As to where it all began, there is a long historical relationship between not only Metal and Satanism, but also the Blues and Satanism. As outlined by Helen Farley, “from the beginning, blues was known as the ‘devil’s music.’”(1), and from these beginnings, many a Blues player has been accused of making a deal with the devil at the crossroads; their souls in exchange for supernatural musical abilities and fame. Through these so called ‘deals with the Devil’, Blues has had a long, misguided association with the cloven hooved one. To a certain extent, many Blues players have enjoyed this relationship; figuring that if they were going to be associated or accused of devilry, then they would use it to get bums on seats (2). In my mind, this definitely draws parallels to Metal, and, in fact,  a fascination with the Blues has inspired many renowned Metal guitarists to make their own ‘deals’. As Farley stated, and I totally agree, “this posturing was more a rebellion against polite society than a reflection of Satanic belief”. (1)

This musical association with the Devil has certainly been profitable one, almost certainly due to the fact that (and let’s not kid ourselves here) trolling is fun, and the Devil just looks great on a T-shirt. As one of my favourite Metal bands once sung “I’m sick sick sick, of six six six” (‘Working Class Zero’ by Illdisposed). But honestly, put a few demons and skulls on a T-shirt and you can shut up and take my money. And if someone gives me a sideways glance for it, then all the better. But on a more serious note, if you’re wearing the same shirt as me, come and have a beer and a chat.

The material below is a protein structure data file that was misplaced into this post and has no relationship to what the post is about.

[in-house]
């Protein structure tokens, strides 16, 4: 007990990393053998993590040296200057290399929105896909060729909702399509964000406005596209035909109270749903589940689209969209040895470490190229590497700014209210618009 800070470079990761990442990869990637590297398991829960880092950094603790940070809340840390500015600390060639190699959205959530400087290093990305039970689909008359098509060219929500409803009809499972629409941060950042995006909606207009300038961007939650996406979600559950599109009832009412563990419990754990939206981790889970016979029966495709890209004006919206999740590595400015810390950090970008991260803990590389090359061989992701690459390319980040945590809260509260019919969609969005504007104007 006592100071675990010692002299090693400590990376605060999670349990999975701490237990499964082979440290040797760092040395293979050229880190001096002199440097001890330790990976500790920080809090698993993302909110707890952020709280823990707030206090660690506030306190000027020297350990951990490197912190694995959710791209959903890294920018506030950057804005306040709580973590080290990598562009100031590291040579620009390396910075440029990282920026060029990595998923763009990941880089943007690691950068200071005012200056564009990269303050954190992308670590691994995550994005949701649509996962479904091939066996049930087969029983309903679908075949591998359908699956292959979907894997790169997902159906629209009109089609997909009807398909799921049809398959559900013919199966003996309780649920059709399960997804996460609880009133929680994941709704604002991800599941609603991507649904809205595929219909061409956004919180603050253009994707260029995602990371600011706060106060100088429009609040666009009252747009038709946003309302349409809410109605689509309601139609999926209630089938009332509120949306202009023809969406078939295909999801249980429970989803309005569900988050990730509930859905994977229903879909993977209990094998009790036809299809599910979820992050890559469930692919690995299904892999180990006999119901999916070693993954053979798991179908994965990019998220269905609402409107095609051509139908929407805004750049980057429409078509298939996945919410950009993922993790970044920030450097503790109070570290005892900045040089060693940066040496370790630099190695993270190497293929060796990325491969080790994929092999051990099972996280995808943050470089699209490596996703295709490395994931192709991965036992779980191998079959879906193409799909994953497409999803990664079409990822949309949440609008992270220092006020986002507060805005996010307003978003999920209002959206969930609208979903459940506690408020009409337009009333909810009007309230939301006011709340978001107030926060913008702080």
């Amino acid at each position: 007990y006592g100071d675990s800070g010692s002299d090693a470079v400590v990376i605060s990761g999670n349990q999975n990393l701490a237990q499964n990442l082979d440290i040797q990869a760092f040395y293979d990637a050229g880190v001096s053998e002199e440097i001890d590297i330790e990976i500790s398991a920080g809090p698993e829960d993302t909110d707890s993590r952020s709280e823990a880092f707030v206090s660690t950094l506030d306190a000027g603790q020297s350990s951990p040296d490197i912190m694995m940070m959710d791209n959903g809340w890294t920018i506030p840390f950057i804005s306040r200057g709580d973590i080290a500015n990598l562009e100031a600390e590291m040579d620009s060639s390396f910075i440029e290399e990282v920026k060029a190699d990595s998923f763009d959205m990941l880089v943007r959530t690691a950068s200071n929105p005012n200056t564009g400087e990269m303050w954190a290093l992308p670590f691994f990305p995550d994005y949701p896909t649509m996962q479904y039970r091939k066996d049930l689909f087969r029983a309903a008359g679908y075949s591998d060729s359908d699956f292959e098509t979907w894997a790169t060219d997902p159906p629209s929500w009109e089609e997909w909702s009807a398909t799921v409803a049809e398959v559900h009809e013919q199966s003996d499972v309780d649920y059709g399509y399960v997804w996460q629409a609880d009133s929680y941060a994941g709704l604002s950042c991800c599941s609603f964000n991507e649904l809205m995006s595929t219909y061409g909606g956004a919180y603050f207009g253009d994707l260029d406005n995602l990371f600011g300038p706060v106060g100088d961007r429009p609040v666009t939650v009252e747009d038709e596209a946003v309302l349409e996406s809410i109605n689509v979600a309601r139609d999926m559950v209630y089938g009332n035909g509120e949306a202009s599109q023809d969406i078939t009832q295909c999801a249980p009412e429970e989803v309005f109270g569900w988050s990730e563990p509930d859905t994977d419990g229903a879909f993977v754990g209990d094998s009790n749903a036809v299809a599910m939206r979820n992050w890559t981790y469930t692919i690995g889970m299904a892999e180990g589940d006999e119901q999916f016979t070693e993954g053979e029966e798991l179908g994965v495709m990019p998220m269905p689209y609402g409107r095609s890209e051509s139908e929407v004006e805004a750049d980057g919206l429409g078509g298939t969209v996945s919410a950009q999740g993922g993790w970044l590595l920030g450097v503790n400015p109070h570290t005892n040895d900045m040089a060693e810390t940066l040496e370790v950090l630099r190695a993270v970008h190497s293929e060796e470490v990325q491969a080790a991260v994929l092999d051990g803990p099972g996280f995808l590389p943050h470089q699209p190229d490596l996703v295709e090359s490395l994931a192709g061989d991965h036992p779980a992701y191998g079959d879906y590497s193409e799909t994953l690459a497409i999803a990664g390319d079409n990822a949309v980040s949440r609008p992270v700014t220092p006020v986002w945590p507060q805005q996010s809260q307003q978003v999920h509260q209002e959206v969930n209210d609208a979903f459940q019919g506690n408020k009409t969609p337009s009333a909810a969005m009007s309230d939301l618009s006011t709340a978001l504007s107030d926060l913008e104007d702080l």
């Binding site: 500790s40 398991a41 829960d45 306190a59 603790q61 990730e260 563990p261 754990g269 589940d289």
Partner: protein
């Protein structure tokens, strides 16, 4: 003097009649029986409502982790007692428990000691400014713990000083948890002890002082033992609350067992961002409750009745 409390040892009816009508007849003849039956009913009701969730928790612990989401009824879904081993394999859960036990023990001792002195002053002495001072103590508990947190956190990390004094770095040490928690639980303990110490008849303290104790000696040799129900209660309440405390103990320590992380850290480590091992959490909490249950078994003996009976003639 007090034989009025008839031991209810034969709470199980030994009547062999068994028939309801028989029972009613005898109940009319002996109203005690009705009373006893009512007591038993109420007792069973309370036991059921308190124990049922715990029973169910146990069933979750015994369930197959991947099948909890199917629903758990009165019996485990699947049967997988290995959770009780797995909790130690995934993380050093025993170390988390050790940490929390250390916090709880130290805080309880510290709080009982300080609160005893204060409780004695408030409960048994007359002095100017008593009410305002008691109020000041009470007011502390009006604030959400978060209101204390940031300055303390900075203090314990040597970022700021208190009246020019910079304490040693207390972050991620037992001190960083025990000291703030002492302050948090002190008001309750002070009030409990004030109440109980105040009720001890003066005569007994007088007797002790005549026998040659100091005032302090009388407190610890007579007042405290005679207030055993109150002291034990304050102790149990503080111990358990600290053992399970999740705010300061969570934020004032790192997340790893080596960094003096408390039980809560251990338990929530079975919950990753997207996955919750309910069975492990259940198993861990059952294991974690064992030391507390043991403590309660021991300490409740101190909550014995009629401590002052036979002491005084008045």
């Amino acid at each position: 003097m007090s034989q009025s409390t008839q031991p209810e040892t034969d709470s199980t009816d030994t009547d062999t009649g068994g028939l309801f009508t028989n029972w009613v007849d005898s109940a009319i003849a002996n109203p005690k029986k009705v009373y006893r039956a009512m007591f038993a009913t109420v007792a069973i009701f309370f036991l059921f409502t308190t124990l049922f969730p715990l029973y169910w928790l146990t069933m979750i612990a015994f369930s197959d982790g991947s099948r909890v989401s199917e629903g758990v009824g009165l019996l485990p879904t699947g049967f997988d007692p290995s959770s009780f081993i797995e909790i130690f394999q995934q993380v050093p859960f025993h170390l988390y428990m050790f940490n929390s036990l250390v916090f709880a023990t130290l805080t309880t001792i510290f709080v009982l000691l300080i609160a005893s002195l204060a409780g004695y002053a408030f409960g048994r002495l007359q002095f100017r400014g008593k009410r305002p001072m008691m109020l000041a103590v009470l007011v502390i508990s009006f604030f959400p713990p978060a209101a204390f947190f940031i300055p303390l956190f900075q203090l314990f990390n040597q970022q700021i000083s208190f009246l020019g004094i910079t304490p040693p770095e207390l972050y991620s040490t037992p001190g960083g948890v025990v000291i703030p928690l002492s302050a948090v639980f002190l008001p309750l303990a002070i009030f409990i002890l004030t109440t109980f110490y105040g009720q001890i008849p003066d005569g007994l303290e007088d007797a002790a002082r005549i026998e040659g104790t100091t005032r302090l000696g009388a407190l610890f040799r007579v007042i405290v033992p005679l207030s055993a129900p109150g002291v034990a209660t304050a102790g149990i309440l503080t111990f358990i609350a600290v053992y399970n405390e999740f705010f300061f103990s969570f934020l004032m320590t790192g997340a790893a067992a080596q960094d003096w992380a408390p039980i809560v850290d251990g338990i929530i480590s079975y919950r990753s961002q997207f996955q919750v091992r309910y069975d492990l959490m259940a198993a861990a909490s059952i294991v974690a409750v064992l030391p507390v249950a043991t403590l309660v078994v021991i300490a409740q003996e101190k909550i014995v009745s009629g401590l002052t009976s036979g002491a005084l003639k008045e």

If you haven’t been paying attention, and you’re still wondering why we’re walking around with goats on our t-shirts, I’ll summarise; as a result of old Éliphas tapping into the symbolism of the goat in 1856, the goat has been associated with Satanism; musicians with ‘supernatural talent’ have been accused of dealing with the devil; and as a result, we’ve put goats on album covers and merchandise. Personally, I have no problem with that. As it stands, the goat is a far more interesting and intelligent animal than most; rebels of the animal kingdom, standing against polite society, eating whatever takes their fancy and allowing no man (or fence) to contain them. If we still had banners, I’d chuck up an image of one and follow it down the highway to hell.

Figure 3. And don’t even get me started on giraffes. Photo of D.I.C. taken by the author.

So maybe it isn’t a bum rap. Sheep may go to heaven and goats may go to hell – but things are sure to be entertaining in the brimstone mosh pit, with goats as our eternal comrades.


(1) Farley, H.S. (2009). Demons, Devils and Witches: The Occult in Heavy Metal Music. In G. Bayer (Ed.), Heavy Metal Music in Britain (pp.83). Surrey, England: Ashgate.

(2)Oliver, Paul. (1990). Blues Fell This Morning: Meaning in the Blues, 2nd ed, Cambridge: Cambridge UP.

About Dave Snell 1 Article
Doctorate in Boganology (well actually Social Psychology from University of Waikato, 2012. Columnist for Nexus (UoW Magazine) 2005-2011 Author of Bogans: Insider's Guide to Metal, Mullets, and Mayhem Featured in the TVNZ show Bogans